Adv. Daniel Israeli
September 19, 2017 / by Daniel Israeli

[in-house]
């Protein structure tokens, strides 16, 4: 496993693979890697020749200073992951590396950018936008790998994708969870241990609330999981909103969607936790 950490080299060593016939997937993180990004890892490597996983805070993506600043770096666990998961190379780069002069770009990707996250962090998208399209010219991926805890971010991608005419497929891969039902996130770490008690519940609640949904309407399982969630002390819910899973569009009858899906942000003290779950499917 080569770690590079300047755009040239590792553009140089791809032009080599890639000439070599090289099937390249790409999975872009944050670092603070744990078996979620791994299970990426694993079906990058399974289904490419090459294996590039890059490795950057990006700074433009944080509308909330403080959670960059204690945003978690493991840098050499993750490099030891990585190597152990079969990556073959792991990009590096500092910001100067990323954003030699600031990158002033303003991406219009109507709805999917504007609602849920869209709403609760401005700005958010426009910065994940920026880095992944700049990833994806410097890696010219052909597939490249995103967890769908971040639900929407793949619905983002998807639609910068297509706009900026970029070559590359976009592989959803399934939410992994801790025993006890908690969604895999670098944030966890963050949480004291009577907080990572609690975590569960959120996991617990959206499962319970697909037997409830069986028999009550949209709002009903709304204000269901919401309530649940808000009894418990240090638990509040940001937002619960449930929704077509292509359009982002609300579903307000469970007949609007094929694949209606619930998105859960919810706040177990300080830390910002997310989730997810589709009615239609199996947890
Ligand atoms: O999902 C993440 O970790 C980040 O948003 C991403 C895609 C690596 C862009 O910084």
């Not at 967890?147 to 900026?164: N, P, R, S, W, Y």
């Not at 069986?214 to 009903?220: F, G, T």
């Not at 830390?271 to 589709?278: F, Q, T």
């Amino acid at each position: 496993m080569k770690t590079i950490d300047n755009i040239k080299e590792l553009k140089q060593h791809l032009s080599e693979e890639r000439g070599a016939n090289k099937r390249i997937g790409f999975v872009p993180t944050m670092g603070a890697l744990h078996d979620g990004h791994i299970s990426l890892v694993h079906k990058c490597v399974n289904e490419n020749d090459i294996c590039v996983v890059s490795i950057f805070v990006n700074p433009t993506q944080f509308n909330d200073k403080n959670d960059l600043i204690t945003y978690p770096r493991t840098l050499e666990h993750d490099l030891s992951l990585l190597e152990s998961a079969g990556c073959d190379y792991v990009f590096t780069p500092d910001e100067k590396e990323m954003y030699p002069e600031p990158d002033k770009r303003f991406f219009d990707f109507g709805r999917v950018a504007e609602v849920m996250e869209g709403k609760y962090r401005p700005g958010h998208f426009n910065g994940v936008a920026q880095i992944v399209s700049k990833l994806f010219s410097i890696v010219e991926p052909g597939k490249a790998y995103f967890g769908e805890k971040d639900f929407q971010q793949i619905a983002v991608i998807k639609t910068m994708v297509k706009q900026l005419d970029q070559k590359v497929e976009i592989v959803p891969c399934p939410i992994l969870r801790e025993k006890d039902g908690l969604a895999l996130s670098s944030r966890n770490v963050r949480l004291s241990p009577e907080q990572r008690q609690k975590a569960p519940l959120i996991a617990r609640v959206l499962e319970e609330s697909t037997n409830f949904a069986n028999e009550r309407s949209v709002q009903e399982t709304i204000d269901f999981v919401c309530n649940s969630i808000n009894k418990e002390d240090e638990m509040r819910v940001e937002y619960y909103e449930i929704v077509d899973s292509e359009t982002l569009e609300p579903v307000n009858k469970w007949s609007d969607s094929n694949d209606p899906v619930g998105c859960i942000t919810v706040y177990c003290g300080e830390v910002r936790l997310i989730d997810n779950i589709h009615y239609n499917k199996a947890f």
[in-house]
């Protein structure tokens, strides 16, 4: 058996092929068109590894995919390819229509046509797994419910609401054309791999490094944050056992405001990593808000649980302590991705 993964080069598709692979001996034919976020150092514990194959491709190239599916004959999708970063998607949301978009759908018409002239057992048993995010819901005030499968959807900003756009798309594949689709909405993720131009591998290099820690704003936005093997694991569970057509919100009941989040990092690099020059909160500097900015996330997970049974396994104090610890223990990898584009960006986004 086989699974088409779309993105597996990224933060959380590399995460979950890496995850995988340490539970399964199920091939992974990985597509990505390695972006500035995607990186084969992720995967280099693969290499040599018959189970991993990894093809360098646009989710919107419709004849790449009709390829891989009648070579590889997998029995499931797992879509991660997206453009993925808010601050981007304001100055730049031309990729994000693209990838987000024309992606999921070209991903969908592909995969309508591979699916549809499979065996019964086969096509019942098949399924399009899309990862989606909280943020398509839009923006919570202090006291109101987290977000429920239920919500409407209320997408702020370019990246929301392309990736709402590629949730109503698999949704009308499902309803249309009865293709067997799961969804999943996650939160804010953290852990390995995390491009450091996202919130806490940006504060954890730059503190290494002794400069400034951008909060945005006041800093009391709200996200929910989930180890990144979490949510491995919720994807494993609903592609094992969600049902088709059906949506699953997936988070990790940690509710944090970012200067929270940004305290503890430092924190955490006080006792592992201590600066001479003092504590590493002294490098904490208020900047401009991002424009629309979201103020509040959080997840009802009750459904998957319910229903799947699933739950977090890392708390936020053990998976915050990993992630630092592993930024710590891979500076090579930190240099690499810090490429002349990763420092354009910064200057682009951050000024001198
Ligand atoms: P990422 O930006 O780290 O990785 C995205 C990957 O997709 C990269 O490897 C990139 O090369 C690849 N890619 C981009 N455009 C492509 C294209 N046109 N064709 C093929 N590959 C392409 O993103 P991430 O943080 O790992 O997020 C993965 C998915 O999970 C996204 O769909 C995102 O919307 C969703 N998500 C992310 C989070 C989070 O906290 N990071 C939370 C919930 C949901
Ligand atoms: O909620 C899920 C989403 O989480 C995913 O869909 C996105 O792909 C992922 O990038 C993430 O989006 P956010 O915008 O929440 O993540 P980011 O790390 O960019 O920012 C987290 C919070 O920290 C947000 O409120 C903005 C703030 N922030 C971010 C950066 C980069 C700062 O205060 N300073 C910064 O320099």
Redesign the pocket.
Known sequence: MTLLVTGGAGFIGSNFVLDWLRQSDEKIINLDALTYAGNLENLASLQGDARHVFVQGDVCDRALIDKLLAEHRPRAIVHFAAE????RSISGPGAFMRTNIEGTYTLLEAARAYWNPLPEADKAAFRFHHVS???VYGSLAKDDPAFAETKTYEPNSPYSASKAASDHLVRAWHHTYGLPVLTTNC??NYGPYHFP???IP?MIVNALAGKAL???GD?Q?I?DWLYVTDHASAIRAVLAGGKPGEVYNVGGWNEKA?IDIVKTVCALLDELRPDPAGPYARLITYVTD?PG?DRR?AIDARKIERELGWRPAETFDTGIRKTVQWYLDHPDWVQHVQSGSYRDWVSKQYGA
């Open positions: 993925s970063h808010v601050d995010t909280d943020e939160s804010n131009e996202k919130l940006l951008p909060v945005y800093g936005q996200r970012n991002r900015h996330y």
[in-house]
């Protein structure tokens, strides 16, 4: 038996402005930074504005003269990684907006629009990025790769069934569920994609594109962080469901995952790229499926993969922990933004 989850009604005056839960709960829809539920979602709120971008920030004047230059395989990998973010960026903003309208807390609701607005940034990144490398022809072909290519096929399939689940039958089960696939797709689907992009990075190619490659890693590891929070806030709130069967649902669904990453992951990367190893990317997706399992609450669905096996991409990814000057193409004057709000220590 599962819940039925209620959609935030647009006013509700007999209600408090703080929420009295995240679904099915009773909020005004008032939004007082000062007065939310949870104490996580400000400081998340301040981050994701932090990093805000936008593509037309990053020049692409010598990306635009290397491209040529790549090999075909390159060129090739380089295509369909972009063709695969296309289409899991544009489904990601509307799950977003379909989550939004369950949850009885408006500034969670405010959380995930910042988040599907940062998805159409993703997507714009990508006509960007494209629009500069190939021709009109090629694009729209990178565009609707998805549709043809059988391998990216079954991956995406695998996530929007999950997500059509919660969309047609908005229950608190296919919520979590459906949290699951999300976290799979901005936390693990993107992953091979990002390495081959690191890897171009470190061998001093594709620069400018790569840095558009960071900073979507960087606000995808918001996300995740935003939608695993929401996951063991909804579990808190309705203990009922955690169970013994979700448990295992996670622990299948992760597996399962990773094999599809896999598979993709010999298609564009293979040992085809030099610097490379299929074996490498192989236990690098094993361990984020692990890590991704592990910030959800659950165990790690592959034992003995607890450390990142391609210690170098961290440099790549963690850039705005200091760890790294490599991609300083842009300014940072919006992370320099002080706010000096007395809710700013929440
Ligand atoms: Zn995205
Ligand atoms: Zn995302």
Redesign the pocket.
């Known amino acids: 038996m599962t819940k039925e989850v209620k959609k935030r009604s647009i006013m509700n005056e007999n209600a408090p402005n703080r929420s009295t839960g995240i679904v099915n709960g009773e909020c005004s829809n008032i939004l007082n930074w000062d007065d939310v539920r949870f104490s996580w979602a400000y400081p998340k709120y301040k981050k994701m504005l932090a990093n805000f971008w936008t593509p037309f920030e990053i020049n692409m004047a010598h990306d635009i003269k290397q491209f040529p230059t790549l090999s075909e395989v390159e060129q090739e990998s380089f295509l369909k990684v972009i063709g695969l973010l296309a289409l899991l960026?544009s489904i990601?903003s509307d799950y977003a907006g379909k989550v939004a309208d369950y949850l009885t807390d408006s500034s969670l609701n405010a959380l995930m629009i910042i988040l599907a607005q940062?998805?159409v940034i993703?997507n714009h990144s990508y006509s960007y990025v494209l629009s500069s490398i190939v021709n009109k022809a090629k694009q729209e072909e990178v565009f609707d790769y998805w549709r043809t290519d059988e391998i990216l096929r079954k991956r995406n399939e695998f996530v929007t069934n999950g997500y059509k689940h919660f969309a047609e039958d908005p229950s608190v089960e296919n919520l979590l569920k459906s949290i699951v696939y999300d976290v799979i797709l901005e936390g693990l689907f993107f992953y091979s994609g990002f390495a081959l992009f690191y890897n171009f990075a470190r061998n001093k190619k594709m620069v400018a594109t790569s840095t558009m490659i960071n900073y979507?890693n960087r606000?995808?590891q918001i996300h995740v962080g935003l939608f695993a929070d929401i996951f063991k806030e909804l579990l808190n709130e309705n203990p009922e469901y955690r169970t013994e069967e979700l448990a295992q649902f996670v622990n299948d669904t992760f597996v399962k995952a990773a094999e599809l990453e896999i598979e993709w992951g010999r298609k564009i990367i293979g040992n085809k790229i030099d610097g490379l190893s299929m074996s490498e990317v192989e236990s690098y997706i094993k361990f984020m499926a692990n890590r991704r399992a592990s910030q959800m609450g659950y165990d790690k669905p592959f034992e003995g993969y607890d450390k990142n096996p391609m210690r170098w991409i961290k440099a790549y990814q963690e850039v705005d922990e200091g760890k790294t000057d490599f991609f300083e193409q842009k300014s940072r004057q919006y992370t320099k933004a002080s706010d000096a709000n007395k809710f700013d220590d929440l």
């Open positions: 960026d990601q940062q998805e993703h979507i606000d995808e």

ICO Whitepaper